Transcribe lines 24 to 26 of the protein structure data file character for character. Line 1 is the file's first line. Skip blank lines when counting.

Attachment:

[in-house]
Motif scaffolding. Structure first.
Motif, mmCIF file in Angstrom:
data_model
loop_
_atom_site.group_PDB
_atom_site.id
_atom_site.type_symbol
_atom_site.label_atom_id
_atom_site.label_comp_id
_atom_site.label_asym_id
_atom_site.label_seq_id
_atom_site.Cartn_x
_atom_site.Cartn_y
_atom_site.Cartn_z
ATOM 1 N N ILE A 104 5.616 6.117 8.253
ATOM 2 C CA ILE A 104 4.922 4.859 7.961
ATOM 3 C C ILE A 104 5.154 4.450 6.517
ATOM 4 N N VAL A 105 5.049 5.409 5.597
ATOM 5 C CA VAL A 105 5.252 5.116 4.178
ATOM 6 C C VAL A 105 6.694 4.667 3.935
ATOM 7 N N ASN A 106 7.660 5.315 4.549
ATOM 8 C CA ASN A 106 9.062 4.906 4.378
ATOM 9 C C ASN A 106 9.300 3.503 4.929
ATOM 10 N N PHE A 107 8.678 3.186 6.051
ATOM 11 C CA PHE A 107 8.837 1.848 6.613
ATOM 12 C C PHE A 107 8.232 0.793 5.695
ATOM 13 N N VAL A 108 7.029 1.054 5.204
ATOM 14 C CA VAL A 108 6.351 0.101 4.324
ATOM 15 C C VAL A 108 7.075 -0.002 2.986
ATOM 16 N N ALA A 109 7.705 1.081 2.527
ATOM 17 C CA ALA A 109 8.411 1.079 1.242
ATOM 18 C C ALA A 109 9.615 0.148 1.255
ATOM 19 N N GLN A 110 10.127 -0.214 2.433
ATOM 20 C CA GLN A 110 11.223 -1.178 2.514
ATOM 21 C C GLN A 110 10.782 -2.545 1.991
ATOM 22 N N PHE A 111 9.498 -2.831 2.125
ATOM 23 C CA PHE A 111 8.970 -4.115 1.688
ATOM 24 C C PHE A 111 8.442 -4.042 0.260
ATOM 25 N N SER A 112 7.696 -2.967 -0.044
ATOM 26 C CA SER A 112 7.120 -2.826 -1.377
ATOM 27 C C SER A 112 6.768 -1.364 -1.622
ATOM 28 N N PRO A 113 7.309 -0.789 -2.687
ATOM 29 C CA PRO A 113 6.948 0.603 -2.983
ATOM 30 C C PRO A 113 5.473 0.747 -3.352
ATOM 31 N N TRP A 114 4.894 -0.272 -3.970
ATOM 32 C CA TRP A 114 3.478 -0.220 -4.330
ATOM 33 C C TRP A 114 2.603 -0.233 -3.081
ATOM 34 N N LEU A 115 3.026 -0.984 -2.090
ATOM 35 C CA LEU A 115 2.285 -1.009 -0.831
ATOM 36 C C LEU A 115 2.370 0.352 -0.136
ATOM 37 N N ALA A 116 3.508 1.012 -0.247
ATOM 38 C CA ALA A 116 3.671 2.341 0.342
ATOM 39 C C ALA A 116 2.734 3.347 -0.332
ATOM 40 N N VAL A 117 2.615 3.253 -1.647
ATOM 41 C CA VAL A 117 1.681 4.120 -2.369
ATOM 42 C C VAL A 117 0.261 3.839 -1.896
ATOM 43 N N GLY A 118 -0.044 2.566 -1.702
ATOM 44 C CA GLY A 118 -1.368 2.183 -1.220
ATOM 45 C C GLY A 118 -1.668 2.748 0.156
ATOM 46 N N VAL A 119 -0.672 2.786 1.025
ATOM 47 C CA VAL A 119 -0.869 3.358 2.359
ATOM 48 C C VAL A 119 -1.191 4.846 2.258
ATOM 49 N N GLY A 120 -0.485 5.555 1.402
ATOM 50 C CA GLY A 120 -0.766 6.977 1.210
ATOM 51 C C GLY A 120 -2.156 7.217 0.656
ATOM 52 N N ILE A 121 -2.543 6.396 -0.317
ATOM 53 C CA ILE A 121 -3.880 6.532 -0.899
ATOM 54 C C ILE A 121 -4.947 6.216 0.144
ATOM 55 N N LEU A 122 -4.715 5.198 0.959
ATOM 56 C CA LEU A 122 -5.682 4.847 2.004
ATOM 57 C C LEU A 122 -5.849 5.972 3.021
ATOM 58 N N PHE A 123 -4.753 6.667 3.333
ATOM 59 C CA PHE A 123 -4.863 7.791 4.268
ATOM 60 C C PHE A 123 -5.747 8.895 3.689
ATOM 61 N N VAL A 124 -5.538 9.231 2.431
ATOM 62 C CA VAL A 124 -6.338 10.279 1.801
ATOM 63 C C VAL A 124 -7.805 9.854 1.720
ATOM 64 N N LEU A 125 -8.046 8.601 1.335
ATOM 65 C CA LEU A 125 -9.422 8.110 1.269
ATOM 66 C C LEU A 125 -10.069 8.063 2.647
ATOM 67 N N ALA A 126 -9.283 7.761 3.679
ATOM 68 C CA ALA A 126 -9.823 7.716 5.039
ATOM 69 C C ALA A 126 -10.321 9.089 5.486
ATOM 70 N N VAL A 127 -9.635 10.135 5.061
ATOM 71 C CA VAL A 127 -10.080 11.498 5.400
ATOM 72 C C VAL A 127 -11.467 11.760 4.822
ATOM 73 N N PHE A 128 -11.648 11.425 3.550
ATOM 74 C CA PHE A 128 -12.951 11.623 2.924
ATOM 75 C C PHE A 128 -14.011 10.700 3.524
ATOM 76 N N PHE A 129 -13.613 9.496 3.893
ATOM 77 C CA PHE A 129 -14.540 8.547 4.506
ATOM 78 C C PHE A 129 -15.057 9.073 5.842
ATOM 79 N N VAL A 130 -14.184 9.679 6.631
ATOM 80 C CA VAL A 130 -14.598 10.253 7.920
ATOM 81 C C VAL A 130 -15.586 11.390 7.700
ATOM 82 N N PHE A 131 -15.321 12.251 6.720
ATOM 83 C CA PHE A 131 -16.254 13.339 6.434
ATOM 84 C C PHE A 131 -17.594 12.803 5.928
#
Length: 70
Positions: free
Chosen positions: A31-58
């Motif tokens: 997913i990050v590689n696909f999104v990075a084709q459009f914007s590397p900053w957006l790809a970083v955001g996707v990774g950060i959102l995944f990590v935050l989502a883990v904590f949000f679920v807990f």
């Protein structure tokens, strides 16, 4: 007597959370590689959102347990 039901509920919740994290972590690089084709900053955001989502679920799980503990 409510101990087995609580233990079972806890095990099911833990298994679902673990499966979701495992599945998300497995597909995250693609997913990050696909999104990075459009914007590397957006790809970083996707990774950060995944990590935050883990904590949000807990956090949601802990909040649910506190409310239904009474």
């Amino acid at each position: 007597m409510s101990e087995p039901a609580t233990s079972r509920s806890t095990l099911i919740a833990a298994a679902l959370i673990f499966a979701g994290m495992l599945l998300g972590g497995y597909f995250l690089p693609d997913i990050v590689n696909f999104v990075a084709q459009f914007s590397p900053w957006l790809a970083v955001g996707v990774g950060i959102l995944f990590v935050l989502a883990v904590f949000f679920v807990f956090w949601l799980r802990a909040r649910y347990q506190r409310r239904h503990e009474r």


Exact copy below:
ATOM 9 C C ASN A 106 9.300 3.503 4.929
ATOM 10 N N PHE A 107 8.678 3.186 6.051
ATOM 11 C CA PHE A 107 8.837 1.848 6.613